The Gaussian Hare and the Laplacian Tortoise: Computability of squared-error vs. absolute-error estimators

Stephen Portnoy and Roger Koenker

Since Gauss(1821), it has been generally accepted that l_2 methods of combining observations by minimizing sums of squared errors have significant computational advantages over earlier l_1 methods based on minimization of absolute errors advocated by Boscovich, Laplace and others. However, l_1 methods are known to have significant robustness advantages over l_2 methods in many applications, and related quantile regression methods provide a useful, complementary approach to classical least-squares estimation of statistical models. Combining recent advances in interior point methods for solving linear programs with a new statistical preprocessing approach for l_1-type problems, we obtain a 10 to 100 fold improvement in computational speeds over current (simplex-based) l_1 algorithms in large problems, demonstrating that l_1 methods can be made competitive with l_2 methods in terms of computational speed throughout the entire range of problem sizes. Formal complexity results are given which suggest that l_1 regression can be made faster than least squares regression for n sufficiently large, and p modest.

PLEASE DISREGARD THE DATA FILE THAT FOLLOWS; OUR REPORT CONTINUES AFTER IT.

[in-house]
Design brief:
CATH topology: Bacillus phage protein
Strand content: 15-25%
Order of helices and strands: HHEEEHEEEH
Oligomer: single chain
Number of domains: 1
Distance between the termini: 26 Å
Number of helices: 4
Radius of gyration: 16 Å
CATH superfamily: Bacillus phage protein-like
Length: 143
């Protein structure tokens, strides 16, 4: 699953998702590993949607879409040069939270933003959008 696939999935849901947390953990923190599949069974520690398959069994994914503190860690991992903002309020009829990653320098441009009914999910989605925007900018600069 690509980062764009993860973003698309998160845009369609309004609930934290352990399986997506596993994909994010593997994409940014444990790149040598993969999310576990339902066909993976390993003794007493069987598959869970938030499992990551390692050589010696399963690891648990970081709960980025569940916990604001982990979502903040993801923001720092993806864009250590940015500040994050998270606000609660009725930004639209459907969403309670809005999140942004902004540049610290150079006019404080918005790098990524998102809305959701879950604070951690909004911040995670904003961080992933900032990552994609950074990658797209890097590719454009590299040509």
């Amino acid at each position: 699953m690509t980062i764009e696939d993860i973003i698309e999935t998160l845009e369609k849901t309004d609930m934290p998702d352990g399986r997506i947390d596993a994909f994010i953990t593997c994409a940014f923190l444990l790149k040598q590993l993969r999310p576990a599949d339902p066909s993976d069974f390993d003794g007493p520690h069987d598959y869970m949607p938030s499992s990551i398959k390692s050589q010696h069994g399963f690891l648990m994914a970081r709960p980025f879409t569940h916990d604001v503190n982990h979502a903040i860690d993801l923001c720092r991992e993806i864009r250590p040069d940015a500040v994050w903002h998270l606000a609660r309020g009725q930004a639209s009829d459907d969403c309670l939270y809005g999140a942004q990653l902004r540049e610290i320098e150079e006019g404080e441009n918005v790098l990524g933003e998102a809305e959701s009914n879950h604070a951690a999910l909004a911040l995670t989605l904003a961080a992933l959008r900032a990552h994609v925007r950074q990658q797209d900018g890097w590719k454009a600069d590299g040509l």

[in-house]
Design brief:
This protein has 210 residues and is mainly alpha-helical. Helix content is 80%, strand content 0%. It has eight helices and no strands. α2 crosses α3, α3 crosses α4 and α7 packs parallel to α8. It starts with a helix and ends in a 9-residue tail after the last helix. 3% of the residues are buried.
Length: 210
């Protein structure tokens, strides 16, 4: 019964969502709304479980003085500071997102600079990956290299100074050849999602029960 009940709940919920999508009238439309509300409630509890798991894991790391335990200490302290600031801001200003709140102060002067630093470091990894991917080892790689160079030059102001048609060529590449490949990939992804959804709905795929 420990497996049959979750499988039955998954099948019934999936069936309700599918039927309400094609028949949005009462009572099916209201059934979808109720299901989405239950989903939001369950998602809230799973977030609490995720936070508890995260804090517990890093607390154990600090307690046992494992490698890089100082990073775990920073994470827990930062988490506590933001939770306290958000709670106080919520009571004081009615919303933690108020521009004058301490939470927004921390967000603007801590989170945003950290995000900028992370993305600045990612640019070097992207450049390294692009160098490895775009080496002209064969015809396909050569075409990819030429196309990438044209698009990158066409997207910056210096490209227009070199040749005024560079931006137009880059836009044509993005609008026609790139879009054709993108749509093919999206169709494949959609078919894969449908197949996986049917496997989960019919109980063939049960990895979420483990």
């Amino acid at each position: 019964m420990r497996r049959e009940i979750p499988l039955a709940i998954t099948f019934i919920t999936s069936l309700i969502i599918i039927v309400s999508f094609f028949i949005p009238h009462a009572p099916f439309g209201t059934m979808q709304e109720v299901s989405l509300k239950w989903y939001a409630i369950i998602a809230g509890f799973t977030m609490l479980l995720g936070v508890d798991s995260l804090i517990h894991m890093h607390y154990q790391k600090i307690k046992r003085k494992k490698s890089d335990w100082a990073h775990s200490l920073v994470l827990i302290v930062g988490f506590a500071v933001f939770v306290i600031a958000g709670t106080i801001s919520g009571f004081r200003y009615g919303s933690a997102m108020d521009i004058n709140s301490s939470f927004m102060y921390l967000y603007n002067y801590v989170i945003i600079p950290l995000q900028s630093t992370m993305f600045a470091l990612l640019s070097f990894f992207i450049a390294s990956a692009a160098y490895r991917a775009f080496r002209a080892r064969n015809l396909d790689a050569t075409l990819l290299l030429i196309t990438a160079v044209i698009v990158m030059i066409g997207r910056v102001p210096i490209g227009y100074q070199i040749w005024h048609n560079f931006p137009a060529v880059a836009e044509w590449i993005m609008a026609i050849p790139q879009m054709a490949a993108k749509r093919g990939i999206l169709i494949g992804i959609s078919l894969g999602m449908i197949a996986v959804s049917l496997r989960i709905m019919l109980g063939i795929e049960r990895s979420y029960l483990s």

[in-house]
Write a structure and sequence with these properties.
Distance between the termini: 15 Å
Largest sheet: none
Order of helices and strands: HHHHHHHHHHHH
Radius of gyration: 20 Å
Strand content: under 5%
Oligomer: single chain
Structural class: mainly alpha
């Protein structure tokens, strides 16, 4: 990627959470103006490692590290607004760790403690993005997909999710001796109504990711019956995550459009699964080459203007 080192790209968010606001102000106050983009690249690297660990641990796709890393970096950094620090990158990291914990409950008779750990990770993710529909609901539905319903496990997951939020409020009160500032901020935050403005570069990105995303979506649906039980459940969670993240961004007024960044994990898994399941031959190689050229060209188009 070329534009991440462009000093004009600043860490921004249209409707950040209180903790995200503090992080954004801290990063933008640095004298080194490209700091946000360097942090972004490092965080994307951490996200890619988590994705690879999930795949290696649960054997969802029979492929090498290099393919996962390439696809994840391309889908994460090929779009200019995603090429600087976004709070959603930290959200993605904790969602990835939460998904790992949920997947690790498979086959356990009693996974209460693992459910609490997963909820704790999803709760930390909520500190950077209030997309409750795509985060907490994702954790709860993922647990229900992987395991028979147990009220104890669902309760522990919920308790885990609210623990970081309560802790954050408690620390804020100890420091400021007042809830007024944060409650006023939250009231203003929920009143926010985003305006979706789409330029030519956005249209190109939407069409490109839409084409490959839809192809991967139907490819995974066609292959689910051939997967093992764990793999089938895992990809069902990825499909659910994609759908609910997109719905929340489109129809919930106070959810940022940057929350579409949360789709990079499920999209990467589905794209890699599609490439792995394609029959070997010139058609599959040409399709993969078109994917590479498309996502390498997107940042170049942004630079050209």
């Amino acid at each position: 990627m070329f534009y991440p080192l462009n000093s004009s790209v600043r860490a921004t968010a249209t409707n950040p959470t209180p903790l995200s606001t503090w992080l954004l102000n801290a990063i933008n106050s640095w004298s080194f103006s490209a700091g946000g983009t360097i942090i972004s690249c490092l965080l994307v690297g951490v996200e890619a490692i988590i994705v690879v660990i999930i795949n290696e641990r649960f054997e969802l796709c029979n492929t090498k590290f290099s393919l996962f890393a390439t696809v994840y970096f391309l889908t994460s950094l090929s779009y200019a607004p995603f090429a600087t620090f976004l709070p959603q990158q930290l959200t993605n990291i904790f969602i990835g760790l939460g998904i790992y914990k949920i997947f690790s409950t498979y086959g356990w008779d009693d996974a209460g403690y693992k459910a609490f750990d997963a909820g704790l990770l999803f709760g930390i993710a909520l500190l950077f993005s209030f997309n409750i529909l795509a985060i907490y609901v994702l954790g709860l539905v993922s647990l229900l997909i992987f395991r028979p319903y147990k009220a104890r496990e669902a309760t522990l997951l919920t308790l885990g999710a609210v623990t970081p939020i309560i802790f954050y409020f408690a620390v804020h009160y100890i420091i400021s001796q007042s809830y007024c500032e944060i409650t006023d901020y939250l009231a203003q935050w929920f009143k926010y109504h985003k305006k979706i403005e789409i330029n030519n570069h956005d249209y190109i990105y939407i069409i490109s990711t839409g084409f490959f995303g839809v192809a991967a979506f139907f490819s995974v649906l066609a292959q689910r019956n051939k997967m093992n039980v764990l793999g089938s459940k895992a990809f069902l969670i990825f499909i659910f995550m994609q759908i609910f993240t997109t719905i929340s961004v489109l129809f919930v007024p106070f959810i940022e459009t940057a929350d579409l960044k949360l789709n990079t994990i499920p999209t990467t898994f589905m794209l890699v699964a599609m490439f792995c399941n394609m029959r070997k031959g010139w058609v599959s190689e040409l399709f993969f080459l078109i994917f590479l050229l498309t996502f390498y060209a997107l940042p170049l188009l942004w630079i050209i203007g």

Department of Statistics University of Illinois Urbana-Champaign

Contact: roger@ysidro.econ.uiuc.edu


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